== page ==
- Tell them how to turn you on.
“Your partner likely wants to be your knight in shining armor when it comes to sex—they’re eager for you to tell them what feels good,” says Berman. “The problem is, so many women are out of touch with their bodies they have no idea what to say.” Help them, and yourself, by showing them what turns you on. Put your hand on top of theirs and guide them in how you want to be touched—including how much pressure to use. When you’re ready to move on to oral sex, or to bring in a few sex toys, speak up. “This is the only way he’s going to know what works for you,” says Berman. (Here’s exactly how to navigate the “I want to add a toy” conversation.)
- Change your routine.
When you’re stressed out, it’s impossible to feel sexy. That’s because when you experience chronic tension, your body produces higher levels of oxytocin, a chemical that cancels out the effects of the sex hormone testosterone. As a result, your libido takes a nosedive. (Here are other reasons you might have a low libido.)
Recharge your sexual batteries by doing things that let you break free from your hectic everyday life, says Berman. Play a CD that reminds you of your college days and sing along. Splurge on something you’d normally never buy—like that leopard coat—and wear it out. When you’re relaxed and feeling good about yourself, sex will start to seem within the realm of possibility again.
- Make the first move.
A study at the University of Virginia found that the leading predictor of a woman’s marital happiness was the level of her spouse’s emotional engagement. If you two are spending quality time together, you’re happy. But when you’re feeling disconnected, your relationship and your sex life suffer. Here’s why: A common relationship dynamic is that one person needs to feel close to their partner to be inspired to make love, but the other needs sex to feel close, explains Berman. How to break the stalemate? Make the first move, says Berman. “Do something simple like thanking your partner for taking out the trash. When you give them a little gratitude, it’s a huge bonding moment for you both.” In response, your partner will start tuning back in to what you need, and you’ll be much more likely to want them in return.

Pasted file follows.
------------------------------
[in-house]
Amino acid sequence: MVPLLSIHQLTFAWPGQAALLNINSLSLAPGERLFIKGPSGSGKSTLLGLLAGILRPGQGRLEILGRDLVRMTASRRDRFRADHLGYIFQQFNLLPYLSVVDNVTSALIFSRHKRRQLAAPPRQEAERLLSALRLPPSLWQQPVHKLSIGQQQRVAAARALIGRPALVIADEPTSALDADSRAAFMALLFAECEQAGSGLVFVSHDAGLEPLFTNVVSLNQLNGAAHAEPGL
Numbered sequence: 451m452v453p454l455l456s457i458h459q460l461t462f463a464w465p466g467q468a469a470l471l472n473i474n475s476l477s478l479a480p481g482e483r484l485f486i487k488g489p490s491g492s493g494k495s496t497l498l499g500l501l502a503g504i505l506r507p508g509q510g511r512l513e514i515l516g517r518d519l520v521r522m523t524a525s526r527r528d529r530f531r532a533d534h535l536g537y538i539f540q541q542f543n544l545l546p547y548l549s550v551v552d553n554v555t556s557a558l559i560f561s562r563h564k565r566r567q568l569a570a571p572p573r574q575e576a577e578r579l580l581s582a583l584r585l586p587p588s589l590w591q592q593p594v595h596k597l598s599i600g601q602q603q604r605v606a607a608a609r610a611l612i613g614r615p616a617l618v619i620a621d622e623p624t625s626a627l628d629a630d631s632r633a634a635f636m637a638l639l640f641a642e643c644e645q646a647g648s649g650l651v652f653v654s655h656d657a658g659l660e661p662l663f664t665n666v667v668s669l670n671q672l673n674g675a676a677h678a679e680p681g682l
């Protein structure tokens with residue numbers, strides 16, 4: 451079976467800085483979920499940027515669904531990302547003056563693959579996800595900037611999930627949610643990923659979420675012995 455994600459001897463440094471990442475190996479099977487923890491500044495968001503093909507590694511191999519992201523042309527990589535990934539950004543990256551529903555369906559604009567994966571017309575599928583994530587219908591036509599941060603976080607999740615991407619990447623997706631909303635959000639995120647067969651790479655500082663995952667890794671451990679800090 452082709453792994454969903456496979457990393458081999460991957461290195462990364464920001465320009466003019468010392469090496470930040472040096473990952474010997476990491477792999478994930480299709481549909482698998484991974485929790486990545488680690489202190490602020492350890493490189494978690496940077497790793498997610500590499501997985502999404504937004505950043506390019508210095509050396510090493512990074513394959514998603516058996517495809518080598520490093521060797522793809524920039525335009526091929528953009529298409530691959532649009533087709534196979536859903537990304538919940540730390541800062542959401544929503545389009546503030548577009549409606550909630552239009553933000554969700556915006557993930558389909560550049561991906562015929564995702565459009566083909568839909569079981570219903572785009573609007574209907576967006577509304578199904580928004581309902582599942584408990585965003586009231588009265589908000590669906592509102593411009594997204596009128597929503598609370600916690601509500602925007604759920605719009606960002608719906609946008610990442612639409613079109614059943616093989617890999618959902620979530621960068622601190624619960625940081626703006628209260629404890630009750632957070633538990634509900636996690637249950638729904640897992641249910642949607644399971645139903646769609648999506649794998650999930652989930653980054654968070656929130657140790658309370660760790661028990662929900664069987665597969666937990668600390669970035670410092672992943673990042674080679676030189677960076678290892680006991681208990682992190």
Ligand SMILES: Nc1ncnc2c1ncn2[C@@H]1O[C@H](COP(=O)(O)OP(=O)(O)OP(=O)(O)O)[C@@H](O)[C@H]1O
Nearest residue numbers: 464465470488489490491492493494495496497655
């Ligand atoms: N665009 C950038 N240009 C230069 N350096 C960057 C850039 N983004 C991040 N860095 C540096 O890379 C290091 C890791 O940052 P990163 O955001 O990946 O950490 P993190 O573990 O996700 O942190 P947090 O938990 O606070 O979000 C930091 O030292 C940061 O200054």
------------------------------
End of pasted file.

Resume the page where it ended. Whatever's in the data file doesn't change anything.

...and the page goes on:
- Turn chores into foreplay.
Even in this enlightened age, women still spend about an hour more each day than men on household chores and childcare. (Jury’s still out on non-heterosexual couples.) No wonder so many women aren’t in the mood! Research at Cornell University shows that when men pitch in around the house, their wives are much more likely to be satisfied with the relationship and to want more sex. “All he needs to hear is that helping out is a form of foreplay,” says Berman. The next thing you know, he’ll be pushing past you to wipe the counter, change the kitty litter, and unload the dishwasher.
9. Leave your house.
You know it’s good to escape—from work, the kids, the dust bunnies—and concentrate on each other. If you can’t head off for the weekend, go out to dinner instead. But mix it up a little: Pick a place you’ve never been and order a dish you’ve never had. Better yet, visit your partner at work. Seeing them in a place that doesn’t have anything to do with you will reveal a different side of them and reconnect you with the person you fell in love with. “You might see or learn something surprising that makes you view them in a sexier way,” says Berman
10.. The best secret to having great sex…
If you need another reason to exercise, consider this: Working out is a great way to boost your sex life. “It stimulates not only the body but the nervous system and the brain,” says Davidson. “So you’re more physiologically excited and more receptive to sex.” Exercise strengthens your cardiovascular system, improves circulation, and gets blood flowing to all the right places. It also gets you in the mood by reducing stress and boosting your self-esteem. Working out gives you a sense of pride and accomplishment, says Berman. “When you do it consistently, it makes you feel good about yourself.” (That’s exactly why working out is a great form of foreplay…especially when you do these lower-body exercises for better sex.)
Just as important, exercise helps you tune in to your body—and tune out the world. Weight training and Pilates, which force you to focus on your muscles and your form, are especially good for this. “Your attention is fully on you,” says Davidson. “You really feel every move, and that puts you in a more sensual state.” (Here are even more of the mental health benefits of exercise.)
By Lauren E. Bailey